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Visit Anne Frank’s childhood home on Google Arts & Culture

June 12th, 2019

“I hope I can entrust you with everything that I haven’t been able to share with anyone, and I hope you will be a great support to me.” These are the first words Anne Frank wrote in the diary she received on her thirteenth birthday. Three weeks later, the Frank family went into hiding. Since then, the story of Anne has moved people across the globe who want to learn more about her life.

Google Arts & Culture has worked with the Anne Frank House to shed a light on Anne’s life at Merwedeplein 37-2 in Amsterdam, where her family lived before they went into hiding. In honor of what would have been her 90th birthday, you can explore an online exhibit and indoor Street View imagery of Anne’s childhood home. For the first time it will be possible to view all rooms of the flat to get a unique insight into Anne Frank’s home that has been restored to its original 1930s style, including the bedroom that she shared with her sister Margot.

The accompanying online exhibit  features precious insights and documents such as the only video of Anne known to exist—taken by pure coincidence at a wedding—as well as the only picture of her an her parents and sister.

Visit Anne Frank’s childhood home on Google Arts & Culture
Anne Frank at the Jewish Lyceum
Visit Anne Frank’s childhood home on Google Arts & Culture
Take a look inside a room that Anne shared with her sister Margot.
Visit Anne Frank’s childhood home on Google Arts & Culture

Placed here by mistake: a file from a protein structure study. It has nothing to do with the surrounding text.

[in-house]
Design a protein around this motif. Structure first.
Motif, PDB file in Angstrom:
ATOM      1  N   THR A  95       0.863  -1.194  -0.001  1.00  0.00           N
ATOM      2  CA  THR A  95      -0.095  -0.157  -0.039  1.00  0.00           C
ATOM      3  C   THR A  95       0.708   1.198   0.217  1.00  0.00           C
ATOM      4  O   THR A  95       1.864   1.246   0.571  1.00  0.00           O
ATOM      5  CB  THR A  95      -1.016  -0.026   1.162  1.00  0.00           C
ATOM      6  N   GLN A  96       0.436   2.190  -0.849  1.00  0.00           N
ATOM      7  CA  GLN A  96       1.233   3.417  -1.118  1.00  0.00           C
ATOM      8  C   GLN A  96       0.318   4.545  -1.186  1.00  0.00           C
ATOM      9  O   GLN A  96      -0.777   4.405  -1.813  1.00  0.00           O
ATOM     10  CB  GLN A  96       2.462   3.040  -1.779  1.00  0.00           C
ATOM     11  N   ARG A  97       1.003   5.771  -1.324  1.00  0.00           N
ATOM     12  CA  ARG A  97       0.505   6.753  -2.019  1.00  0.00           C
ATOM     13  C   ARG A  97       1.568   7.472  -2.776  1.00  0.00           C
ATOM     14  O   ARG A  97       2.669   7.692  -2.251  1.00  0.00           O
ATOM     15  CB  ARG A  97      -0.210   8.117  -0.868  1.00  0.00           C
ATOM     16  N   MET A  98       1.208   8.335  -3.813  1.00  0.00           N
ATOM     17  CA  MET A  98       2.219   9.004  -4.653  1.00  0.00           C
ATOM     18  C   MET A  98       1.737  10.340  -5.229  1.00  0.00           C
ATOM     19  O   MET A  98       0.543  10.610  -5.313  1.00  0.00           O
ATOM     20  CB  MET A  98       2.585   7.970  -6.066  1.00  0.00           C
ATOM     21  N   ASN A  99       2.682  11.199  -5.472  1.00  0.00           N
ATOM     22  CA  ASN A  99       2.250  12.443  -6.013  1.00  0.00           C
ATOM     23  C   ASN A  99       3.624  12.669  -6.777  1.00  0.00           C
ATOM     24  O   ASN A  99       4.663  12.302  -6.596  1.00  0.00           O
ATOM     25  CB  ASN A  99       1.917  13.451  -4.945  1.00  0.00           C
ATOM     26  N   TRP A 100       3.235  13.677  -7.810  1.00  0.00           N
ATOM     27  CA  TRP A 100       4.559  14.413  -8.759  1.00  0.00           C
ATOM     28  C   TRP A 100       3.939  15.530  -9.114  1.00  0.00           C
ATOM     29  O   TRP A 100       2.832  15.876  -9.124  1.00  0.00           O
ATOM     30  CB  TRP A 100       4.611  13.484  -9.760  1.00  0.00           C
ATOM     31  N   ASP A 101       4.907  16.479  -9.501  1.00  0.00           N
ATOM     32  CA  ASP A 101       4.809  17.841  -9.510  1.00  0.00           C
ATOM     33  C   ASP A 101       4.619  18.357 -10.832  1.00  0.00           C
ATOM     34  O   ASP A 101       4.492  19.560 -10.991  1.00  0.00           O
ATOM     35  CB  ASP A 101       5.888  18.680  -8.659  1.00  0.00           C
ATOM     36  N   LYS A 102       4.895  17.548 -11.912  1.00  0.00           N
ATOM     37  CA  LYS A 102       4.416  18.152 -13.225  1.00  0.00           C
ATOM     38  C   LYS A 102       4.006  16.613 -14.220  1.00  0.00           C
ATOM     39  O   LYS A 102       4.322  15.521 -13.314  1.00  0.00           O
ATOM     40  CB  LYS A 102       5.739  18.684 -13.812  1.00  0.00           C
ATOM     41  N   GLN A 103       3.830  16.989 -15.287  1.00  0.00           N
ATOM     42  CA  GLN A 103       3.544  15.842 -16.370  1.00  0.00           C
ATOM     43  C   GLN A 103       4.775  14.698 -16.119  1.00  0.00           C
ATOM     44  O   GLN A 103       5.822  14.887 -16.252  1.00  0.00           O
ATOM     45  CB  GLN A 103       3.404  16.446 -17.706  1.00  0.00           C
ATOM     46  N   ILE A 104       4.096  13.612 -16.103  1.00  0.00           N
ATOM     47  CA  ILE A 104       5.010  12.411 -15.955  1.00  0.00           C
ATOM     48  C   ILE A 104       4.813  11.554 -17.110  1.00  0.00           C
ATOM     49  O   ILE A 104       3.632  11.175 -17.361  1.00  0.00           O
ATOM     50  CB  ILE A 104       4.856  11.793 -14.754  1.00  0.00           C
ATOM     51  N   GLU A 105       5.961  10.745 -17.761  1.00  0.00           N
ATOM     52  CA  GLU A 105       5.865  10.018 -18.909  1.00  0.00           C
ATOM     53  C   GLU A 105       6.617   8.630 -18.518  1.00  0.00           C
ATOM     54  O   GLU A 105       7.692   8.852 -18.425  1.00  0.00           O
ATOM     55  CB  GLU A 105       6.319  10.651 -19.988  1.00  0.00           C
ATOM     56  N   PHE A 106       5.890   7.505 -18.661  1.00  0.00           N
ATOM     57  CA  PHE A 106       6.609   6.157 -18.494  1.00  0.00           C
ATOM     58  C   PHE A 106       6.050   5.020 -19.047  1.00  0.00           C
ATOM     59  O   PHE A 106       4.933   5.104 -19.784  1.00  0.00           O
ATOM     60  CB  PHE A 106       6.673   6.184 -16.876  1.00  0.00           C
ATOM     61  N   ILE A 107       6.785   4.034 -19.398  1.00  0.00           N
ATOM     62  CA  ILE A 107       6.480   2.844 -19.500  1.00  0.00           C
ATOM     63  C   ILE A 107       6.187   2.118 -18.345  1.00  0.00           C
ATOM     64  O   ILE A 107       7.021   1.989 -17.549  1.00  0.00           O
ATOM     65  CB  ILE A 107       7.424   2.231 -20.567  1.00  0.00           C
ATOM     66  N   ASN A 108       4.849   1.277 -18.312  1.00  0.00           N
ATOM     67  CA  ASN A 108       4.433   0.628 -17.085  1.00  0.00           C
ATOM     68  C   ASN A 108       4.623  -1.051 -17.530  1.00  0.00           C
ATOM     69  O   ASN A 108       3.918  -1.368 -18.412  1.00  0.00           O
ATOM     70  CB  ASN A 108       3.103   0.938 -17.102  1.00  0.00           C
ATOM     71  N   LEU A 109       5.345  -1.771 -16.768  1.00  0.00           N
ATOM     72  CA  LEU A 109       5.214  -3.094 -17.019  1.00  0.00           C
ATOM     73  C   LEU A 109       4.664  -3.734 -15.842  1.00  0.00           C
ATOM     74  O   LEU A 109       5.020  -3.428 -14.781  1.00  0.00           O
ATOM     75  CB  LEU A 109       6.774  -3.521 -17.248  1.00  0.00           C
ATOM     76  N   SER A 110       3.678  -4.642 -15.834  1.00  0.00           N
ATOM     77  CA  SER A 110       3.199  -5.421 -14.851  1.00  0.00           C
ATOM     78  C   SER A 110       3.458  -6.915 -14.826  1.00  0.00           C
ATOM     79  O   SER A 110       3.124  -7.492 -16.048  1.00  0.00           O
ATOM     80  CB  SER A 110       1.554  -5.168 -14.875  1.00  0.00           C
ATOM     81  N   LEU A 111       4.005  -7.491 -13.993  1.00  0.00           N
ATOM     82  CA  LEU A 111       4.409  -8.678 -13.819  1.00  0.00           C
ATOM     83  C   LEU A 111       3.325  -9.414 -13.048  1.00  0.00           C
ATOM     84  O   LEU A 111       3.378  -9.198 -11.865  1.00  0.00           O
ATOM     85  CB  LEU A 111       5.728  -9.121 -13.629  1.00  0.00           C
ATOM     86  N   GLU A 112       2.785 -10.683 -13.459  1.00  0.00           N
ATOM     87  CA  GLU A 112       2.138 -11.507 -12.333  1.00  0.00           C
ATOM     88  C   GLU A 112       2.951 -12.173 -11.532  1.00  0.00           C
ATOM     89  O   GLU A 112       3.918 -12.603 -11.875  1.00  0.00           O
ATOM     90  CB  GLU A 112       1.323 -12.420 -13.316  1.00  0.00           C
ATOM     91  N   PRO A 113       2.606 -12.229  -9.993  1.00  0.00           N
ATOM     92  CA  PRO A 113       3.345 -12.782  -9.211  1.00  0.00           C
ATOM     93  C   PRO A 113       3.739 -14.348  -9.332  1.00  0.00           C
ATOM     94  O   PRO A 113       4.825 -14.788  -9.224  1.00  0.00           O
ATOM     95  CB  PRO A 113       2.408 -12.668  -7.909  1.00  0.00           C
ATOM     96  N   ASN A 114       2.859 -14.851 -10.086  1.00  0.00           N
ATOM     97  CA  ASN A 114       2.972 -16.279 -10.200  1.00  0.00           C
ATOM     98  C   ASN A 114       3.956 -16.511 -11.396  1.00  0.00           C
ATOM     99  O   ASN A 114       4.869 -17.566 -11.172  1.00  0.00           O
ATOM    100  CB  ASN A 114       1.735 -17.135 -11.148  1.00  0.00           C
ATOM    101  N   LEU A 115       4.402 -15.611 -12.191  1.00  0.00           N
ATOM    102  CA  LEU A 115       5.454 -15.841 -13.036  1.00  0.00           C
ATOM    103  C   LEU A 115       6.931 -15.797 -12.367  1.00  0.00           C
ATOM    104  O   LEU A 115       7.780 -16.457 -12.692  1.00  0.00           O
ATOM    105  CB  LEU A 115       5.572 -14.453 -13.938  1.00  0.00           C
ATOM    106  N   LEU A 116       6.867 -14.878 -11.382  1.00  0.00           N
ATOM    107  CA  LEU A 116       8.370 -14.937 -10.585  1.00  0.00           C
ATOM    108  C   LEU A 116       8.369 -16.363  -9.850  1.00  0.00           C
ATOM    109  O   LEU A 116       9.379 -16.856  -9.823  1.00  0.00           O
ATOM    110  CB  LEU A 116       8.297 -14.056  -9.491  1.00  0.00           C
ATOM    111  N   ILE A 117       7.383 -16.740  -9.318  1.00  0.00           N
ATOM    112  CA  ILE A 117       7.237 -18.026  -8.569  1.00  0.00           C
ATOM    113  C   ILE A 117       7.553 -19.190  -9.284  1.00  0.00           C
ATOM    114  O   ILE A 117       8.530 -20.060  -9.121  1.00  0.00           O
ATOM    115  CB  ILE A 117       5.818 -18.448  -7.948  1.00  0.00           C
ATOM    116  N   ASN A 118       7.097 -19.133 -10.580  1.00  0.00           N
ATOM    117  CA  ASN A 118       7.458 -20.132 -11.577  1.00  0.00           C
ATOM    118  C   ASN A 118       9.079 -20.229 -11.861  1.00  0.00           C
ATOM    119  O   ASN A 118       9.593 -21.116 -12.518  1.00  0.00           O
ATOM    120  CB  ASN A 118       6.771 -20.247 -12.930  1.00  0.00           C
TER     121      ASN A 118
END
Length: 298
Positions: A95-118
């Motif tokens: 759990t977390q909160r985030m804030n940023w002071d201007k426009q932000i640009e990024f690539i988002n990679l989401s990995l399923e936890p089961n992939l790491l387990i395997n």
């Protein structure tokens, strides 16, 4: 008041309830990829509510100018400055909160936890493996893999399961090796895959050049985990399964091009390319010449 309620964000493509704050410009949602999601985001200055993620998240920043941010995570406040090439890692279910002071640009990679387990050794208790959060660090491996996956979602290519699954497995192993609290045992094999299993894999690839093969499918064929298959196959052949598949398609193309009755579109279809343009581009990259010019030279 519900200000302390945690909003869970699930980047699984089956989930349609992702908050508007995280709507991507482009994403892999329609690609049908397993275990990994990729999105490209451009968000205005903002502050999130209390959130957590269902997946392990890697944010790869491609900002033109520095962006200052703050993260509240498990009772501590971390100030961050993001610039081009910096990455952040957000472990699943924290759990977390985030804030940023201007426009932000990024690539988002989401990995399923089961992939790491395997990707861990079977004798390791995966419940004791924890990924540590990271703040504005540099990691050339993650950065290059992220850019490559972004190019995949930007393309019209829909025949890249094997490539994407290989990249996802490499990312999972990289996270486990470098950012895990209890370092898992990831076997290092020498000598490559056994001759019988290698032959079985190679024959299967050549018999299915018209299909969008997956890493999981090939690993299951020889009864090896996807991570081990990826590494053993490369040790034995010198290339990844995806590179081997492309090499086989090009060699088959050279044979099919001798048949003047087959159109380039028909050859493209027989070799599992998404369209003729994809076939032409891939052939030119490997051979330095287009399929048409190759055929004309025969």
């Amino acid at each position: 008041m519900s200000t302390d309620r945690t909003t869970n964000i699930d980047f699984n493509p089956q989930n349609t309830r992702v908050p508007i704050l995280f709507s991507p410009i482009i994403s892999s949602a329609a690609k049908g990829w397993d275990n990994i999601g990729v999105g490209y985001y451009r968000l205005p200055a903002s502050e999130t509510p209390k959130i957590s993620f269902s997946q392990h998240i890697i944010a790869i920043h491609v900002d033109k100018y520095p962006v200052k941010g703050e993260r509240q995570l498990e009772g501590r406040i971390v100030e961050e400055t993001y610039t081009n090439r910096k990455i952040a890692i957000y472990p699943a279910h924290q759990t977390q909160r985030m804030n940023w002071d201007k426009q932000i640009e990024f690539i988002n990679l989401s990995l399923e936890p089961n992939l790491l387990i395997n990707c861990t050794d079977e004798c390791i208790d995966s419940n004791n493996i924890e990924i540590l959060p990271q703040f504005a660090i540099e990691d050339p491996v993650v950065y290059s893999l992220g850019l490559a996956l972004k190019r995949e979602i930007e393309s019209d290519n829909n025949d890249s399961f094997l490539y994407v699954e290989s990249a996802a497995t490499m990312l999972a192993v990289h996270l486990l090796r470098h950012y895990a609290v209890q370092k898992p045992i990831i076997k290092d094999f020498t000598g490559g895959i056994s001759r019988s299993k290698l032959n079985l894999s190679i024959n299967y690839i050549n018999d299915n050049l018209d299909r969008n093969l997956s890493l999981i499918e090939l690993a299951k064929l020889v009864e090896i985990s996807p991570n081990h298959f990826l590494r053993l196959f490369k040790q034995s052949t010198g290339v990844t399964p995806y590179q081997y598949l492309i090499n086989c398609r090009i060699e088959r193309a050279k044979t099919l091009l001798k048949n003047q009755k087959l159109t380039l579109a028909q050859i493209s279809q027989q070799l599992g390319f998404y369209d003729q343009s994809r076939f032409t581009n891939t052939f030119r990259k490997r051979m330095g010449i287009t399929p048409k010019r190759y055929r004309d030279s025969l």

This is the only known family photograph of Anne Frank with her parents, Otto and Edith, and her sister, Margot in front of the family’s home
Visit Anne Frank’s childhood home on Google Arts & Culture
Inside of the Frank’s family apartment at Merwedeplein 37-2, where Anne lived for 9 years
Visit Anne Frank’s childhood home on Google Arts & Culture
Anne Frank’s red and white checkered diary
Visit Anne Frank’s childhood home on Google Arts & Culture
The family’s secret hiding place had been set up in the annex behind Otto’s business on the Prinsengracht

The former home of the Frank family has been leased to the Dutch Foundation for Literature since 2005 and serves as a temporary home and workplace for refugee writers who cannot work freely in their own country. “It is a place where freedom, tolerance, and freedom of expression are given the space to breathe,” says Ronald Leopold, general director of the Anne Foundation. The house was decorated in the style of the 1930s when the Frank family lived there.

Learn more about Anne Frank and discover of the treasures, stories and knowledge of over 2000 cultural institutions from 80 countries on Google Arts & Culture or via our iOS or Android app.